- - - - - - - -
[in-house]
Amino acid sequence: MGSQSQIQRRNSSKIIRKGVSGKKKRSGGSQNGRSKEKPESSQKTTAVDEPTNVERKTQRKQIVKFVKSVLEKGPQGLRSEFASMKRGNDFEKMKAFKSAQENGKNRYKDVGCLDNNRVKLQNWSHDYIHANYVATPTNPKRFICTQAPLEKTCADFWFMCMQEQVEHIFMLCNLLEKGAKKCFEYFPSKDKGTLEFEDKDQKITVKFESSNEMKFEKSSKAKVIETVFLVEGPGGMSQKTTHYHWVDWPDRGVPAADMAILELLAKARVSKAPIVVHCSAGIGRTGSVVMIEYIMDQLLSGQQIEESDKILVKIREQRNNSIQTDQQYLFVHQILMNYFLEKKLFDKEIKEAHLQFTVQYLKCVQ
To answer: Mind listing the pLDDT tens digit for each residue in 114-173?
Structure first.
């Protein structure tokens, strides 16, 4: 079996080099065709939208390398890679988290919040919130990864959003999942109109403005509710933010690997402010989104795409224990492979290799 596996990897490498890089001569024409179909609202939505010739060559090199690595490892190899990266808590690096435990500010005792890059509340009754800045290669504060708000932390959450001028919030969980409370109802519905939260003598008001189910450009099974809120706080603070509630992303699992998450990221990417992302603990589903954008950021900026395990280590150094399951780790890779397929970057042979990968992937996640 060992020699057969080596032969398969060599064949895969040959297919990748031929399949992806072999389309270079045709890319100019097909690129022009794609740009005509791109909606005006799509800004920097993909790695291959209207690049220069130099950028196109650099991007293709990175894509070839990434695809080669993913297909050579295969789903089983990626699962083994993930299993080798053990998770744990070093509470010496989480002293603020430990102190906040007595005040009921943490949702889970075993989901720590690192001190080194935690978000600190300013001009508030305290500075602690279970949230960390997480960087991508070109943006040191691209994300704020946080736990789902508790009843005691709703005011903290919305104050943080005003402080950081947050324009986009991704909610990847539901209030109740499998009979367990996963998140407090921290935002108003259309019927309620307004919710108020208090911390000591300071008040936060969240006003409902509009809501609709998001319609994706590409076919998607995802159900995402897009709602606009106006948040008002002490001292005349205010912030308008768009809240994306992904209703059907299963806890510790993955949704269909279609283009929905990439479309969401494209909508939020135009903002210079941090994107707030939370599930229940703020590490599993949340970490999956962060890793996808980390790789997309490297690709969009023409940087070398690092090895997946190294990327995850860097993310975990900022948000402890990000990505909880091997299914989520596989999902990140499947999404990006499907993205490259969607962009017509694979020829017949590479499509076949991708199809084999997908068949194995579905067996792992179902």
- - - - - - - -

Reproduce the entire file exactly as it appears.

[in-house]
Amino acid sequence: MGSQSQIQRRNSSKIIRKGVSGKKKRSGGSQNGRSKEKPESSQKTTAVDEPTNVERKTQRKQIVKFVKSVLEKGPQGLRSEFASMKRGNDFEKMKAFKSAQENGKNRYKDVGCLDNNRVKLQNWSHDYIHANYVATPTNPKRFICTQAPLEKTCADFWFMCMQEQVEHIFMLCNLLEKGAKKCFEYFPSKDKGTLEFEDKDQKITVKFESSNEMKFEKSSKAKVIETVFLVEGPGGMSQKTTHYHWVDWPDRGVPAADMAILELLAKARVSKAPIVVHCSAGIGRTGSVVMIEYIMDQLLSGQQIEESDKILVKIREQRNNSIQTDQQYLFVHQILMNYFLEKKLFDKEIKEAHLQFTVQYLKCVQ
To answer: Mind listing the pLDDT tens digit for each residue in 114-173?
Structure first.
């Protein structure tokens, strides 16, 4: 079996080099065709939208390398890679988290919040919130990864959003999942109109403005509710933010690997402010989104795409224990492979290799 596996990897490498890089001569024409179909609202939505010739060559090199690595490892190899990266808590690096435990500010005792890059509340009754800045290669504060708000932390959450001028919030969980409370109802519905939260003598008001189910450009099974809120706080603070509630992303699992998450990221990417992302603990589903954008950021900026395990280590150094399951780790890779397929970057042979990968992937996640 060992020699057969080596032969398969060599064949895969040959297919990748031929399949992806072999389309270079045709890319100019097909690129022009794609740009005509791109909606005006799509800004920097993909790695291959209207690049220069130099950028196109650099991007293709990175894509070839990434695809080669993913297909050579295969789903089983990626699962083994993930299993080798053990998770744990070093509470010496989480002293603020430990102190906040007595005040009921943490949702889970075993989901720590690192001190080194935690978000600190300013001009508030305290500075602690279970949230960390997480960087991508070109943006040191691209994300704020946080736990789902508790009843005691709703005011903290919305104050943080005003402080950081947050324009986009991704909610990847539901209030109740499998009979367990996963998140407090921290935002108003259309019927309620307004919710108020208090911390000591300071008040936060969240006003409902509009809501609709998001319609994706590409076919998607995802159900995402897009709602606009106006948040008002002490001292005349205010912030308008768009809240994306992904209703059907299963806890510790993955949704269909279609283009929905990439479309969401494209909508939020135009903002210079941090994107707030939370599930229940703020590490599993949340970490999956962060890793996808980390790789997309490297690709969009023409940087070398690092090895997946190294990327995850860097993310975990900022948000402890990000990505909880091997299914989520596989999902990140499947999404990006499907993205490259969607962009017509694979020829017949590479499509076949991708199809084999997908068949194995579905067996792992179902």